This paper reports on one aspect of a larger study to examine the relationship between preservice teachers’ self-reports of their levels of knowledge and confidence concerning many key areas of professional knowledge and skills. Knowledge and confidence in working with parents were examined using information provided by current and recently graduated concurrent and consecutive bachelor of education students. Results indicate that although knowledge remains consistent over the course of concurrent education, confidence does increase between Year 1 and 3, but then remains constant. Recent graduates do not feel overly knowledgeable or confident in their ability to communicate with parents. However, consecutive students reported significantly more knowledge and confidence compared to concurrent students. Because communicating with parents is a key expectation of professional teachers, this finding is important. The results of this research support the need for additional strategic instruction and practice to develop skills related to communicating with parents in teacher preparation programs.
Although teacher education programs across the country are currently under significant review and reform, little attention is paid to the importance of Indigenous principles that could inform or transform them. Attention to Indigenous principles such as those presented in this paper can, we believe, serve to decolonize teacher education, offering programs that enable greater success for a wider array of diverse students, both Aboriginal and non-Aboriginal, and address their needs and interests. The intent of this paper is to draw attention to the ways Indigenous principles offered by Lil’wat scholar Lorna Williams have influenced one teacher education program, and to share some of the ways that these principles have been enacted within the program. We offer our perspectives as narrative accounts of what we have done in our courses and in our teacher education program that reflect the principles explained in the paper. We do not feel we can express this perspective any different other than to recount shifts made and our observations as educators. These could be expressed as case studies but this would only be paying lip service to claiming a methodology that was not really followed. We offer this paper more as a sharing of narratives drawn to the indigenous principles. Authenticity comes from our common perceptions from different perspectives in the program.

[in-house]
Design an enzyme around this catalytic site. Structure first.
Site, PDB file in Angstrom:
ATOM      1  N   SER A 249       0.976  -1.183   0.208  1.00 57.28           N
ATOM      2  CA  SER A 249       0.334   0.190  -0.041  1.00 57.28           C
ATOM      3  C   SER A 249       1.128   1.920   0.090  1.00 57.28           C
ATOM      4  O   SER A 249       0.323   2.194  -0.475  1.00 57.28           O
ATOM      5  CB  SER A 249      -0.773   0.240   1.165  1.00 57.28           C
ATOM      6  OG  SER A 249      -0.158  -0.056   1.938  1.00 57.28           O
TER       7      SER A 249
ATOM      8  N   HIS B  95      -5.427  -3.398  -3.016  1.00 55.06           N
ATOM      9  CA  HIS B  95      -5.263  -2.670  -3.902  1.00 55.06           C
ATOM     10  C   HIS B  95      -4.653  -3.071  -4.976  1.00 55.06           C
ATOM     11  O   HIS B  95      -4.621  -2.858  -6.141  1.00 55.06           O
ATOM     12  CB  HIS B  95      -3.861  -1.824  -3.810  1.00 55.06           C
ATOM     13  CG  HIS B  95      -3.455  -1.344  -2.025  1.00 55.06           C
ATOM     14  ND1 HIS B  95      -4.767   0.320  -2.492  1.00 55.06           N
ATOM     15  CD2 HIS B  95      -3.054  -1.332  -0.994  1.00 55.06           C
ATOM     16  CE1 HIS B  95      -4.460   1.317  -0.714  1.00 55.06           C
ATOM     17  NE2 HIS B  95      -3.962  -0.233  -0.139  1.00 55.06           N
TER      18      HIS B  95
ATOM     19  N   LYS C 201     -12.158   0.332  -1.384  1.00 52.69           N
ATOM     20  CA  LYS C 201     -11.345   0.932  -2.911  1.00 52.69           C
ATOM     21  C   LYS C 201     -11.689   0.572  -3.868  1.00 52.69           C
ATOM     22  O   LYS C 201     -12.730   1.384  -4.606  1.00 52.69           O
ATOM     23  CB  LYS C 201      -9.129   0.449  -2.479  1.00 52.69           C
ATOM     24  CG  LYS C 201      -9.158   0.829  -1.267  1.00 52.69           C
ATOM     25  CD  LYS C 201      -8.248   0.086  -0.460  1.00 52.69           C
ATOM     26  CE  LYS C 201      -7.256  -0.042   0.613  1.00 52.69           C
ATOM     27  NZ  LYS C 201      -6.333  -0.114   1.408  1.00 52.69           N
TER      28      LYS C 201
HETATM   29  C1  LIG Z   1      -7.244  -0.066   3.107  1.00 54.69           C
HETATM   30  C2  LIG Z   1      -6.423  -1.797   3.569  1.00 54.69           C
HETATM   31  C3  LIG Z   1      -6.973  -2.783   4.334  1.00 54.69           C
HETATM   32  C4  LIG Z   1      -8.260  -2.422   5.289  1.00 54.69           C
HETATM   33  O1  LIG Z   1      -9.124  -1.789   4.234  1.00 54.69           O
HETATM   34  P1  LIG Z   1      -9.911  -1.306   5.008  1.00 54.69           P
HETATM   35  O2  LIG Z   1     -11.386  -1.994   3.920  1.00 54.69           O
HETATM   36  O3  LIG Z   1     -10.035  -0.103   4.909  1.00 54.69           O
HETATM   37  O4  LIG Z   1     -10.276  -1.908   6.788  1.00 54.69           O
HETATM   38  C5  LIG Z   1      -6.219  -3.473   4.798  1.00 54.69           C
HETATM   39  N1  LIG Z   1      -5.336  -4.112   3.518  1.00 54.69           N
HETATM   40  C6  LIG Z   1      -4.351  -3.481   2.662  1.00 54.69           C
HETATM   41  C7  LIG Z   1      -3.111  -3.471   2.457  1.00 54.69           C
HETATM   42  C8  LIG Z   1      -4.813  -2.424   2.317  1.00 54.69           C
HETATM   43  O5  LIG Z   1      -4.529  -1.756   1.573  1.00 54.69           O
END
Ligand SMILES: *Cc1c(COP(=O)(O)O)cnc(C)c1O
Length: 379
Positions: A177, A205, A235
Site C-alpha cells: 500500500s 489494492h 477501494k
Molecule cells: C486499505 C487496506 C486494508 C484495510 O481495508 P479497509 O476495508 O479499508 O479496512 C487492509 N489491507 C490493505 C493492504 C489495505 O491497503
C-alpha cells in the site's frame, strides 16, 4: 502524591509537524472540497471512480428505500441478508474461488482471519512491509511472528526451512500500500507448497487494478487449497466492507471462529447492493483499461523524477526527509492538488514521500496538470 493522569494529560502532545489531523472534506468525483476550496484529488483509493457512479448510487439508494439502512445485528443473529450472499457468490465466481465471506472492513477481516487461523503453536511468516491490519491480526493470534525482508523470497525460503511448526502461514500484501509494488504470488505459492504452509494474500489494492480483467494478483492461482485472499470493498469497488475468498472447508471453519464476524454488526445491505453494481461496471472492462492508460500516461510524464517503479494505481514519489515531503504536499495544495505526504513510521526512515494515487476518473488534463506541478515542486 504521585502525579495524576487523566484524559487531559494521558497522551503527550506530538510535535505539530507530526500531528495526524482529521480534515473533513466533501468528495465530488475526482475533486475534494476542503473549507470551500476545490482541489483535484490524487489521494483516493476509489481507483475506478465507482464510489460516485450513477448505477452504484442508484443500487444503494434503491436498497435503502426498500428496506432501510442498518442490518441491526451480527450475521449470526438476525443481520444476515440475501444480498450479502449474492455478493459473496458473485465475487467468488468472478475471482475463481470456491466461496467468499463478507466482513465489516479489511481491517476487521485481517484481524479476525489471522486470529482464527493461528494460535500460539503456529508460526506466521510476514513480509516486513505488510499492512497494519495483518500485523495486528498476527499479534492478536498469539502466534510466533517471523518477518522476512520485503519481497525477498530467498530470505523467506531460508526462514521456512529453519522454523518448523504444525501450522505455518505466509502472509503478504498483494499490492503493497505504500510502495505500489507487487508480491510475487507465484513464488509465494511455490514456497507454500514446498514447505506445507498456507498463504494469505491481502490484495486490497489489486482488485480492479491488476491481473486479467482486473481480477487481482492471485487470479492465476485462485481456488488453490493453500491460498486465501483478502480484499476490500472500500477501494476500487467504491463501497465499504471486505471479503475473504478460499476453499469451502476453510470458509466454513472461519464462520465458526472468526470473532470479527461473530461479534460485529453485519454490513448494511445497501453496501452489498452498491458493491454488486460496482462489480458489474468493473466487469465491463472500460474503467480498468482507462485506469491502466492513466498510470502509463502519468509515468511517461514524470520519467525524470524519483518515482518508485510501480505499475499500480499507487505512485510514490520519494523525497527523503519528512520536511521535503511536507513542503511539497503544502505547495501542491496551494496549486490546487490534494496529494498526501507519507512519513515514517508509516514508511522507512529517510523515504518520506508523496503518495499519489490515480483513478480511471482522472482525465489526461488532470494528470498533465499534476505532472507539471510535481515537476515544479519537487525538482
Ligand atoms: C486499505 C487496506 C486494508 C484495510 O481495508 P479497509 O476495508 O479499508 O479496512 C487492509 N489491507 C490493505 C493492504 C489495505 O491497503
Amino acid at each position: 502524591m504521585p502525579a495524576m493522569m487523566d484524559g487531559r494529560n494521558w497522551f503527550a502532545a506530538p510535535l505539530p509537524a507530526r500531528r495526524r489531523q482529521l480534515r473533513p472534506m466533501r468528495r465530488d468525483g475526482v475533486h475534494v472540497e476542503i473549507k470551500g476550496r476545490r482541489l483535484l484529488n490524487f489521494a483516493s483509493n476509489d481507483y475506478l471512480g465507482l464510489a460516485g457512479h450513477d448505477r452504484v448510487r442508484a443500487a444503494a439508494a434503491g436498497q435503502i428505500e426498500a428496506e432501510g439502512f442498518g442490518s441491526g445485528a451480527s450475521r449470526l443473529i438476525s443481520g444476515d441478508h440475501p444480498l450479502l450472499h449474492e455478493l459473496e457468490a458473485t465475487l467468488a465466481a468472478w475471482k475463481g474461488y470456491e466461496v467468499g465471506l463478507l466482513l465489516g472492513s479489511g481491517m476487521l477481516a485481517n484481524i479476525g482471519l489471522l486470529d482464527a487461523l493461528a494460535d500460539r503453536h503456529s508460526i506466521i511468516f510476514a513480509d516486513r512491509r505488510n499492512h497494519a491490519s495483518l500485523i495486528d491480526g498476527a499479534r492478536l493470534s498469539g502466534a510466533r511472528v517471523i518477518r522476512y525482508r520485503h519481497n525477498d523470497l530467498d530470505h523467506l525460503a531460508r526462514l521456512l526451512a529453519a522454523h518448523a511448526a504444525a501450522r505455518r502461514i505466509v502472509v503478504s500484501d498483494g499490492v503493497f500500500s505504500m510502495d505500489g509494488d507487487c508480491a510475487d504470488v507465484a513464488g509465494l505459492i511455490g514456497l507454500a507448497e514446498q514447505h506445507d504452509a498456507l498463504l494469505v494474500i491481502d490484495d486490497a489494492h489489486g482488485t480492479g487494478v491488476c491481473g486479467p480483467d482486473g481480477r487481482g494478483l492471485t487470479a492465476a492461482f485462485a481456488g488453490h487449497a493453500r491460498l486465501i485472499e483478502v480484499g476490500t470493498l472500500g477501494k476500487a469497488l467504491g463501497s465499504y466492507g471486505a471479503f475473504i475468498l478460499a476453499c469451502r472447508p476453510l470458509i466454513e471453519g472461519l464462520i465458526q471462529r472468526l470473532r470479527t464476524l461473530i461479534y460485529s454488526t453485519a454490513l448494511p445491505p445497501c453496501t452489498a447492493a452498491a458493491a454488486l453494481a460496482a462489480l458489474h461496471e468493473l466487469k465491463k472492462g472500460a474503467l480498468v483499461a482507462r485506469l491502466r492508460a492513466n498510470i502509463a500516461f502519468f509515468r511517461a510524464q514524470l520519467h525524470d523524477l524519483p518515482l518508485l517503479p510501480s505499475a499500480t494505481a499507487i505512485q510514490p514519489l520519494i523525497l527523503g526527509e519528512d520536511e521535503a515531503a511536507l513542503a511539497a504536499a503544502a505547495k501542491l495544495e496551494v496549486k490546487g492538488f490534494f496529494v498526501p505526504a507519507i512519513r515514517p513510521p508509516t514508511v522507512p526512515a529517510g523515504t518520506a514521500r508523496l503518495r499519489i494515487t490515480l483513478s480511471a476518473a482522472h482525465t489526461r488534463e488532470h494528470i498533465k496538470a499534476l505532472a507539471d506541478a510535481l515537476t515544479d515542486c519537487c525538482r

Two action research projects of the Community-Based Master of Education program at the University of Regina are featured with particular attention given to a developmental progression that takes place through a series of action research cycles, involving a significant shift from a classroom-based to a community-based teaching practice. In taking an Indigenous perspective on community-based education, this study draws upon Jo-Ann Archibald’s (Q’um Q’um Xiiem) (2008) Indigenous Storywork: Educating the Heart, Mind, Body, and Spirit. As an Indigenous approach to life and learning, Archibald’s work offers an insightful perspective on community-based education that is of value to educators with an interest in community development and its potential for schools. In closing, the prospect of educational action research as part of a community-based teaching practice is considered.